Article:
• Yep, I completely agree. Life is a series of trade-offs. Making the best decisions to support your goals is what accounts for success in my opinion. Most early retirement bloggers are doing just that, and kicking some serious ass in the process.

      Thanks for visiting!

  3. This made me think of the conversation I had with my brother today. He recently wired me $12K because he was going to buy a 1965 Lincoln something or another. I tried to convince not to buy it and do something more productive with his money.

    The deal fell through. So I took the opportunity to offer him some investment ideas that I told him I would manage for free for him.

    He has been saying he wants to start making some money on his money. I told him about a particular investment I am looking at that pays 7% through a private REIT. He asked how much he would make. I told him if he didn’t reinvest his dividends that he could expect to make about $70 per $1,000 he invested.

    He decided it wasn’t worth it to him.

    He will likely go and blow the money on something else.

    At least I can say I offered. He want’s a get rich quick or nothing at all…don’t we all???

    It doesn’t work like that. Compounding in powerful, but it is not magical. You can’t start with nothing and expect a fortune. You have to start with something. And compounding gets more powerful over time.

    Cheers!

    • It is really sad because so many people are in this boat. MOST people have every opportunity to save their money and invest in their future, but they just don’t. Then, they lament the fact that retirement just seems so far off.

      Retirement is a moving target. The less you spend, the closer retirement gets. The more you spend, the further away it gets. It ain’t rocket science, but it does seem to be a difficult thing for the “instant gratification” folks in our society.

  4. This article is so true. Saving up for retirement isn’t rocket science, yet some people fail to do it. I agree that some of us might live paycheck to paycheck even with the most frugal lifestyle possible, but for people who do have some spare cash to save but still “can’t” save for retirement, it’s time to change their mindset and lifestyle.

    • I am hoping that the more of us who succeed at this whole early retirement thing, the more possible it will appear to those who may not have made the decision to save every penny rather than spend it. Almost anything is possible in this country – you just gotta want it. 🙂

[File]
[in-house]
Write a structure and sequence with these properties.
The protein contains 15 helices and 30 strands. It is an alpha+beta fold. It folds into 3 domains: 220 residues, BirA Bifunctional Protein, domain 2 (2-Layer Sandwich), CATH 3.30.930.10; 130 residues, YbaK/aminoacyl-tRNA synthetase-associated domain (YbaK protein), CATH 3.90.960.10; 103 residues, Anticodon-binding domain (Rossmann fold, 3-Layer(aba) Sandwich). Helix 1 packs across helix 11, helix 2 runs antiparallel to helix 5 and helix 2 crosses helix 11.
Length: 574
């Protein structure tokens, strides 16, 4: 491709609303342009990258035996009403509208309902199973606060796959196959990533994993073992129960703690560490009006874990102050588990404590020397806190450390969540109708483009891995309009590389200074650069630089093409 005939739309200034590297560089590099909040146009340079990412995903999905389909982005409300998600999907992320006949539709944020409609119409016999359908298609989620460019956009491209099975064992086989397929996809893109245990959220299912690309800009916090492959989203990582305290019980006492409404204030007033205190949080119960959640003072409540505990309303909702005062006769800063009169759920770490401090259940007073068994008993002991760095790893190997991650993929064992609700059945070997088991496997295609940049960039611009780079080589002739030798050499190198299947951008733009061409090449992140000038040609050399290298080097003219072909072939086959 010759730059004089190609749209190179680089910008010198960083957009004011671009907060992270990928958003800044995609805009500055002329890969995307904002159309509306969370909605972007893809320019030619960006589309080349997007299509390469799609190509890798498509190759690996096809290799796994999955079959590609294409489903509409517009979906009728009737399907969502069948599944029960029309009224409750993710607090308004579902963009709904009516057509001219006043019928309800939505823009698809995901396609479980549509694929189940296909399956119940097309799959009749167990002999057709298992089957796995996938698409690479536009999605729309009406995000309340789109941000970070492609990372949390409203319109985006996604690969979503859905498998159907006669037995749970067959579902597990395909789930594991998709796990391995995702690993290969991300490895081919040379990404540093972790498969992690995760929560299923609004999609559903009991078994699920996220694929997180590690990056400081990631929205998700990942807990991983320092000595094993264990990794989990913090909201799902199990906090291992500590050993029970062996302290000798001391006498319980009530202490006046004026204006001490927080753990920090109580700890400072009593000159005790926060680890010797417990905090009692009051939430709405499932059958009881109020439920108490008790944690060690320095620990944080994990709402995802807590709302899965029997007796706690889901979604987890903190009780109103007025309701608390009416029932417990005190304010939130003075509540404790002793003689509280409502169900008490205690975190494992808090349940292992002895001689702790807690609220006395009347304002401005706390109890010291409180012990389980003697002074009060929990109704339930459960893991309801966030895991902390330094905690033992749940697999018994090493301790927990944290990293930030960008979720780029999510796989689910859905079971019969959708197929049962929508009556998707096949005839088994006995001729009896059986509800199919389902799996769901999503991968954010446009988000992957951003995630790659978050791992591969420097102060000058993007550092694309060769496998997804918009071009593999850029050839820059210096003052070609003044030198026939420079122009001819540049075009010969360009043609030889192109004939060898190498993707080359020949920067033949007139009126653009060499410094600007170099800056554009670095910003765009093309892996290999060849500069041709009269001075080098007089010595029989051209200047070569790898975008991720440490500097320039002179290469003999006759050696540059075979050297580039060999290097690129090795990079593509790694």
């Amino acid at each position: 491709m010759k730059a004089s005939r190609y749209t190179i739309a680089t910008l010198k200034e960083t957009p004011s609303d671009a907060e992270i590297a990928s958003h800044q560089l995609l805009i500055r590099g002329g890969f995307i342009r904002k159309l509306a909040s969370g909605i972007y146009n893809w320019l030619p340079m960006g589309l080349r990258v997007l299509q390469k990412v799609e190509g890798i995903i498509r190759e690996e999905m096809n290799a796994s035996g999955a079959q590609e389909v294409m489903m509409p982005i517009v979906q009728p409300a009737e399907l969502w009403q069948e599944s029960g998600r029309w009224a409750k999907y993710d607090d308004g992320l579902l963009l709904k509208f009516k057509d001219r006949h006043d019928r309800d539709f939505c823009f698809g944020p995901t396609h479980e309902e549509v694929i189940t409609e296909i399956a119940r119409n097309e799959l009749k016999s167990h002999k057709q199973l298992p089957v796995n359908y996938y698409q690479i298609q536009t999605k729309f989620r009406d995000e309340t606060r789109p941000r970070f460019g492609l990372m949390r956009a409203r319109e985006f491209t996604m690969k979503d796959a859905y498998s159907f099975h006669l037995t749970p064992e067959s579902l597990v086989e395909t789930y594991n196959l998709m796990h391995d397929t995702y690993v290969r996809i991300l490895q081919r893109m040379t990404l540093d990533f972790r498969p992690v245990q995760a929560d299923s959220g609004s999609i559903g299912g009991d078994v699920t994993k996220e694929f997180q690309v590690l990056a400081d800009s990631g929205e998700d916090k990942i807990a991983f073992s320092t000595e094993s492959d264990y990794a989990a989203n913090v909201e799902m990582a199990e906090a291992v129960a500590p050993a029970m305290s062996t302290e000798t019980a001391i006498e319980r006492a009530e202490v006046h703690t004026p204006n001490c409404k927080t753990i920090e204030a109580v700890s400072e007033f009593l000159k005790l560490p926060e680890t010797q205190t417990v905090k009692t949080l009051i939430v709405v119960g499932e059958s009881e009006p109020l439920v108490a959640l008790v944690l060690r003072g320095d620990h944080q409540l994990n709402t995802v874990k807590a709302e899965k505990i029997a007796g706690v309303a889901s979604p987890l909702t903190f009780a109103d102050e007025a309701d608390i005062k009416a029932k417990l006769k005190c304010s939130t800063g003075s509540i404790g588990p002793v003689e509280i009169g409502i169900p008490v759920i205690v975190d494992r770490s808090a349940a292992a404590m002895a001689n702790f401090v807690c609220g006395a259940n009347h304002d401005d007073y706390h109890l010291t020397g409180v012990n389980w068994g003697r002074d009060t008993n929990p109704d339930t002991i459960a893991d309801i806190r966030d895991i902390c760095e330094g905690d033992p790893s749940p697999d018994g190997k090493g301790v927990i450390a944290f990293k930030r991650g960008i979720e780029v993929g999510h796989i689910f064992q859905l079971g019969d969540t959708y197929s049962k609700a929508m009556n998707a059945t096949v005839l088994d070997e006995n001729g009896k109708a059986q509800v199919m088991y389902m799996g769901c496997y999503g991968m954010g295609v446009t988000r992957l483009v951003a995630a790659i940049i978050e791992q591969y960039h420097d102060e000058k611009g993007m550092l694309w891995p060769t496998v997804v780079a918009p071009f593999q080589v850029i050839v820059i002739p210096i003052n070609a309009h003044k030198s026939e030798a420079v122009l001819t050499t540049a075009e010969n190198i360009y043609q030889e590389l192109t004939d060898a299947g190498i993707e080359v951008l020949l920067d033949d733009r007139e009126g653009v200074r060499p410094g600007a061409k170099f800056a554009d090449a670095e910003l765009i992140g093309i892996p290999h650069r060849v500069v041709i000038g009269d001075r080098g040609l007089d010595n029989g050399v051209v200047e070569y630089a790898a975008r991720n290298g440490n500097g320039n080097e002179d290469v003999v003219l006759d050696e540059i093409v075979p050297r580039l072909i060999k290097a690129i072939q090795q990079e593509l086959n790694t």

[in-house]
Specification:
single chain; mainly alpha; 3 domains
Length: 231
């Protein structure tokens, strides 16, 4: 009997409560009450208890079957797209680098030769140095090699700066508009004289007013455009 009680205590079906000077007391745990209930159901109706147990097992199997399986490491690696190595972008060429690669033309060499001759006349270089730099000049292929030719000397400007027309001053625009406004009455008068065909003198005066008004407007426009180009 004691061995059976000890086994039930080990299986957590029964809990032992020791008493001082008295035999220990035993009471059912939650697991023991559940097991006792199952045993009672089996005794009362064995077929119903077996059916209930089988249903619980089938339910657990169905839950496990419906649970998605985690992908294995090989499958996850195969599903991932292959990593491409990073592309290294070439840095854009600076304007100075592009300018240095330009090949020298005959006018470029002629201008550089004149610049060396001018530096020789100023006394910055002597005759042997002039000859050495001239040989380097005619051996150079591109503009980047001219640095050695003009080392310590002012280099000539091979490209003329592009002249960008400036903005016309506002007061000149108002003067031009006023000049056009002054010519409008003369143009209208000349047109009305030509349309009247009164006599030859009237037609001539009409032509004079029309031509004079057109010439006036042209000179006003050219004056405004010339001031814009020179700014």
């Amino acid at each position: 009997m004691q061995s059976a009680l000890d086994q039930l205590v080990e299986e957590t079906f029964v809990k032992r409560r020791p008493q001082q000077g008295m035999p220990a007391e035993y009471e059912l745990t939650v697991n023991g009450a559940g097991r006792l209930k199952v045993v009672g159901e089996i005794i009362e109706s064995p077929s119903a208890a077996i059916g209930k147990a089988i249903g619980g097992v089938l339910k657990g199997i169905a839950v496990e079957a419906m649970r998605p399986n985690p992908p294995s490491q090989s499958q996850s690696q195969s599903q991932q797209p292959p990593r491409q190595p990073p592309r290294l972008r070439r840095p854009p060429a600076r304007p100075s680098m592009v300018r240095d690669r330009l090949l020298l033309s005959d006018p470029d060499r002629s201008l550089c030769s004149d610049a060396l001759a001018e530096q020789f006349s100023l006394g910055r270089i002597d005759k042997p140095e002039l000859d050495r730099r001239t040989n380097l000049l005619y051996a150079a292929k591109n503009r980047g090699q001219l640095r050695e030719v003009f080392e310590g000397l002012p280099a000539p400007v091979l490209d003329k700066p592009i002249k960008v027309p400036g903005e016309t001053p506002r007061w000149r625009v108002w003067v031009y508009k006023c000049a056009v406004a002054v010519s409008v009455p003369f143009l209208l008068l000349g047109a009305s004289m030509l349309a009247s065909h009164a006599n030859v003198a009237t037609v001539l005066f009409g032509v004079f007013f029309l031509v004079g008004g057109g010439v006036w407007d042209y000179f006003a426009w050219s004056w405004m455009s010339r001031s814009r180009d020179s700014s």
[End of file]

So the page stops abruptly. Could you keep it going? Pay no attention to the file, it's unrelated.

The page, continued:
5. Mrs SSC says:

    You make a great point – even though we have been trying to cut our spending and live with less for over a year, we still struggle occasionally with wanting to buy something excessive. It can be hard to go without, especially if all your friends and coworkers are the spendy types. In theory, saving is ridiculously simple, but in practice it is made so much more difficult in our consumerist society.

    • To me, this journey isn’t about perfect. I’m far from perfect, too, but I think we both have our minds focused on the end goal of exiting the rat race early. Imagine how you’ll look to your friends when you’re retired decades before they would even consider such a thing. But I agree, sometimes it isn’t easy. Staying strong is the key.

  6. There’s a reason budgeting/finance is compared to a diet. Yes, that chocolate looks amazing, and it will probably taste great. But if you eat it, that’s one step backwards from fitness.

    That doesn’t mean you *have* to avoid it. It’s a matter of being aware of the consequences, and then making a choice based on that. Some days, the chocolate is worth it. Other days, the fabulous (and slightly snug) dress takes precedence.

    • Yep, life is nothing but a series of choices. The more informed you are regarding these choices, the better decisions that you ultimately make. Effectively, you’re giving REASON a chance. And yes, some days, chocolate really is worth it. 🙂

  7. Steve,

    Yeah, good stuff. Early retirement definitely isn’t for everyone, which is okay. No problem if you like the idea of working until you’re old. The problem, however, is when you don’t like that idea.

    I liken saving money and achieving financial independence to losing weight. Both are simple, but not easy. Taking in less calories than you burn or spending less money than you take in are both simple concept, but they’re incredibly hard to master and stay consistent with in real life. Just one of those things. I guess that’s why “the same old, same old” pops up every day – to keep people on the righteous path.

    Cheers!

    • It is funny how similar saving money and losing weight really are. They both can be tough, but they are also equally rewarding. Believing that it can happen in the first step towards making it a reality.

      Cheers to you as well. 🙂

  8. We definitely know people who may never retire — some are workaholics, some like the spending. And hey, if that’s your thing, rock on. It is soooooo not our thing, of course!

    The struggle with reason is real for all of us, though, not just bad savers. Even since we’ve been in focused ER saving mode, we’ve still bought a few things by justifying them as one-time purchased. And yeah, that surround sound system is sweet and all, but was it worth giving up 45 days of early retirement? Doubtful. (At least some major parts were secondhand.)

    One day at a time… 🙂